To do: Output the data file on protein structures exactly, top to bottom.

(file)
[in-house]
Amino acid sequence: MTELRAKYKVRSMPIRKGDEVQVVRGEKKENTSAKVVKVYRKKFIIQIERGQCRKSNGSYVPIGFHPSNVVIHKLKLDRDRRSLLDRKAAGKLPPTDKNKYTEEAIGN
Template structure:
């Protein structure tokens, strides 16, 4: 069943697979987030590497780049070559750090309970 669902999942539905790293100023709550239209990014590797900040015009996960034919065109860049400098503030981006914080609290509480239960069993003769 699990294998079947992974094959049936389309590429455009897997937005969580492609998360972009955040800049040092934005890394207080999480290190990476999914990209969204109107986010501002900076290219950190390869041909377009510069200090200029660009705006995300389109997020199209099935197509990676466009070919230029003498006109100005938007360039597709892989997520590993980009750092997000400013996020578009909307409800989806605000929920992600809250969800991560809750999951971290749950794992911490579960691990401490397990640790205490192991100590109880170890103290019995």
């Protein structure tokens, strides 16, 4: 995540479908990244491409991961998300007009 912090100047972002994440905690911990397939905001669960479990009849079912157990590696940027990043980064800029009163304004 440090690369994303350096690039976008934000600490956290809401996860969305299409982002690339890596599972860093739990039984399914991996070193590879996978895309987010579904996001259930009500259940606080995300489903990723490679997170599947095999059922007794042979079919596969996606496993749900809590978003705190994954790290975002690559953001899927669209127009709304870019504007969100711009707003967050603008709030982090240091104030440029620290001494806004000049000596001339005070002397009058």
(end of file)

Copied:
[in-house]
Amino acid sequence: MTELRAKYKVRSMPIRKGDEVQVVRGEKKENTSAKVVKVYRKKFIIQIERGQCRKSNGSYVPIGFHPSNVVIHKLKLDRDRRSLLDRKAAGKLPPTDKNKYTEEAIGN
Template structure:
């Protein structure tokens, strides 16, 4: 069943697979987030590497780049070559750090309970 669902999942539905790293100023709550239209990014590797900040015009996960034919065109860049400098503030981006914080609290509480239960069993003769 699990294998079947992974094959049936389309590429455009897997937005969580492609998360972009955040800049040092934005890394207080999480290190990476999914990209969204109107986010501002900076290219950190390869041909377009510069200090200029660009705006995300389109997020199209099935197509990676466009070919230029003498006109100005938007360039597709892989997520590993980009750092997000400013996020578009909307409800989806605000929920992600809250969800991560809750999951971290749950794992911490579960691990401490397990640790205490192991100590109880170890103290019995």
């Protein structure tokens, strides 16, 4: 995540479908990244491409991961998300007009 912090100047972002994440905690911990397939905001669960479990009849079912157990590696940027990043980064800029009163304004 440090690369994303350096690039976008934000600490956290809401996860969305299409982002690339890596599972860093739990039984399914991996070193590879996978895309987010579904996001259930009500259940606080995300489903990723490679997170599947095999059922007794042979079919596969996606496993749900809590978003705190994954790290975002690559953001899927669209127009709304870019504007969100711009707003967050603008709030982090240091104030440029620290001494806004000049000596001339005070002397009058």